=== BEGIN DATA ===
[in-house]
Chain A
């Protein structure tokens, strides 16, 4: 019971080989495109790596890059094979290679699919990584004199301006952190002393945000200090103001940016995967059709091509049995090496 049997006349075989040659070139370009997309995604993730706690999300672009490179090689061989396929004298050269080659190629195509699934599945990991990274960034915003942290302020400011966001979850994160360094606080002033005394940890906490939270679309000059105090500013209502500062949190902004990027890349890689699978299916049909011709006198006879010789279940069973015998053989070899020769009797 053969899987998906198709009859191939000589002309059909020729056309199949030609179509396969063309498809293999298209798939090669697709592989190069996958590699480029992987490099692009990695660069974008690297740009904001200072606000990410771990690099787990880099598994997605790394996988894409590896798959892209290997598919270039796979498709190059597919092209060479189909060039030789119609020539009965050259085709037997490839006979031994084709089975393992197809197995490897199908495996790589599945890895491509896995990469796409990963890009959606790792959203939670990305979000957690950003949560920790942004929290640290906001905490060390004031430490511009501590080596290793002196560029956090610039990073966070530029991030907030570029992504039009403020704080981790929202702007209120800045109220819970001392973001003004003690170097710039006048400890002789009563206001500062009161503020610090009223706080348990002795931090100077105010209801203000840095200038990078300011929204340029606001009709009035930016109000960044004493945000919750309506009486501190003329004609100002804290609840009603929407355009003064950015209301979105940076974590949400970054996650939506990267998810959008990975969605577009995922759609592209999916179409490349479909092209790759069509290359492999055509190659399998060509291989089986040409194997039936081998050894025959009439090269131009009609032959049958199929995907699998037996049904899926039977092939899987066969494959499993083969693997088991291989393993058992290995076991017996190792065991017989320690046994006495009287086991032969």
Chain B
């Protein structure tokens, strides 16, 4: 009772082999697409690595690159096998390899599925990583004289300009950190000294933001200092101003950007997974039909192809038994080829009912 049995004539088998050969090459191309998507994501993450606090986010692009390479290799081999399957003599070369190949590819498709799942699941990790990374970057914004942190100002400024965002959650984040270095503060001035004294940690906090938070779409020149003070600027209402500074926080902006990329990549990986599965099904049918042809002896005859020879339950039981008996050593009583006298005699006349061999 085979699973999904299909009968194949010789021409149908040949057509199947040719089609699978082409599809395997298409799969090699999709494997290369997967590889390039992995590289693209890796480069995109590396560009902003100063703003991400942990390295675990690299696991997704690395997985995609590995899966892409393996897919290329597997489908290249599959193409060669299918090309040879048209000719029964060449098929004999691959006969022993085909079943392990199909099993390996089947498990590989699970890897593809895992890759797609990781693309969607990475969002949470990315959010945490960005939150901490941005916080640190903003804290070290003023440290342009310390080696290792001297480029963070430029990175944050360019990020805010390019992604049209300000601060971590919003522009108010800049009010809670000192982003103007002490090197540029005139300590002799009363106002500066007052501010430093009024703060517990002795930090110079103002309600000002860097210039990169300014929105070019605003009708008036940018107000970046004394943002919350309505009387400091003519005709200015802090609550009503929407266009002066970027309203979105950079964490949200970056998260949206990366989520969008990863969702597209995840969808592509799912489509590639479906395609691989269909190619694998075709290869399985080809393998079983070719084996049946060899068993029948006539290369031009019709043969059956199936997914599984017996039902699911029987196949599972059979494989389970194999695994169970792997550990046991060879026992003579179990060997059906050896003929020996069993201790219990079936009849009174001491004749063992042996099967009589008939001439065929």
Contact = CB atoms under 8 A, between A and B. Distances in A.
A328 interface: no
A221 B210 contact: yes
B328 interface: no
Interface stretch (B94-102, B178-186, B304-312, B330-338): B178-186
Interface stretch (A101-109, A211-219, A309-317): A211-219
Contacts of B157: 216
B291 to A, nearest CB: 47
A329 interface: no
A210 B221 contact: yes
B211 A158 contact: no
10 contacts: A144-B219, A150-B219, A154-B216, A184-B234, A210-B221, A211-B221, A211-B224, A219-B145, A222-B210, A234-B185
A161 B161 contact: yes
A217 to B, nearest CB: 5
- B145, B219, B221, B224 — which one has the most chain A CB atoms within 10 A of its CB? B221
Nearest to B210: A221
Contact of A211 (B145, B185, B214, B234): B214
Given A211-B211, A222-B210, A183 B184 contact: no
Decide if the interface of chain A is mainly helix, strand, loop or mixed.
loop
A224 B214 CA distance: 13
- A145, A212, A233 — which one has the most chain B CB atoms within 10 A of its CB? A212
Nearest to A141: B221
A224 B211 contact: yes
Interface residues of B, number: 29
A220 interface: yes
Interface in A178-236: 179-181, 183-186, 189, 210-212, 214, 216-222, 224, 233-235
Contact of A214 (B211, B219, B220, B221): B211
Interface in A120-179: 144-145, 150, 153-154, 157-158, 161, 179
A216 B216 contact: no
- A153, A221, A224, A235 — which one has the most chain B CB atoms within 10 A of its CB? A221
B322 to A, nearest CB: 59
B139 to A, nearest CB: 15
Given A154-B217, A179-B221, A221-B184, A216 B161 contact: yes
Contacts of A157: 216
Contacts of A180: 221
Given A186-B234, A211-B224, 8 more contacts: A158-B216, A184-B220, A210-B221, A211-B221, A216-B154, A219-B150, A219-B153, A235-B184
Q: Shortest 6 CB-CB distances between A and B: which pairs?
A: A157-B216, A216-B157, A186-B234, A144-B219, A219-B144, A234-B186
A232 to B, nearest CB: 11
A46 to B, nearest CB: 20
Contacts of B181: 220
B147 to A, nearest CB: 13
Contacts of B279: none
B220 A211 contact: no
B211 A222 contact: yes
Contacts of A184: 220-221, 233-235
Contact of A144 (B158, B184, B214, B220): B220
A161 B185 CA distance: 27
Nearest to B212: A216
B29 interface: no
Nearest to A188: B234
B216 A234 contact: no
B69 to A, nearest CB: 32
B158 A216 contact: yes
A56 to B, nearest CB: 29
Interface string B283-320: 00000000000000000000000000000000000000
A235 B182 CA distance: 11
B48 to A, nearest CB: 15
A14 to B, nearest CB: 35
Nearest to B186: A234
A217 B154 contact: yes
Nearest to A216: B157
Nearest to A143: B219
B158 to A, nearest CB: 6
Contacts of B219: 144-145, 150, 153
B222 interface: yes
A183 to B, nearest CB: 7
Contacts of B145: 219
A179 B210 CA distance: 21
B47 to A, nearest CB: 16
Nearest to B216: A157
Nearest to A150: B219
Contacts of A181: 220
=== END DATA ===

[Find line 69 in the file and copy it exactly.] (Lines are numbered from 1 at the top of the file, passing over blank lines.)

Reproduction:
Nearest to A143: B219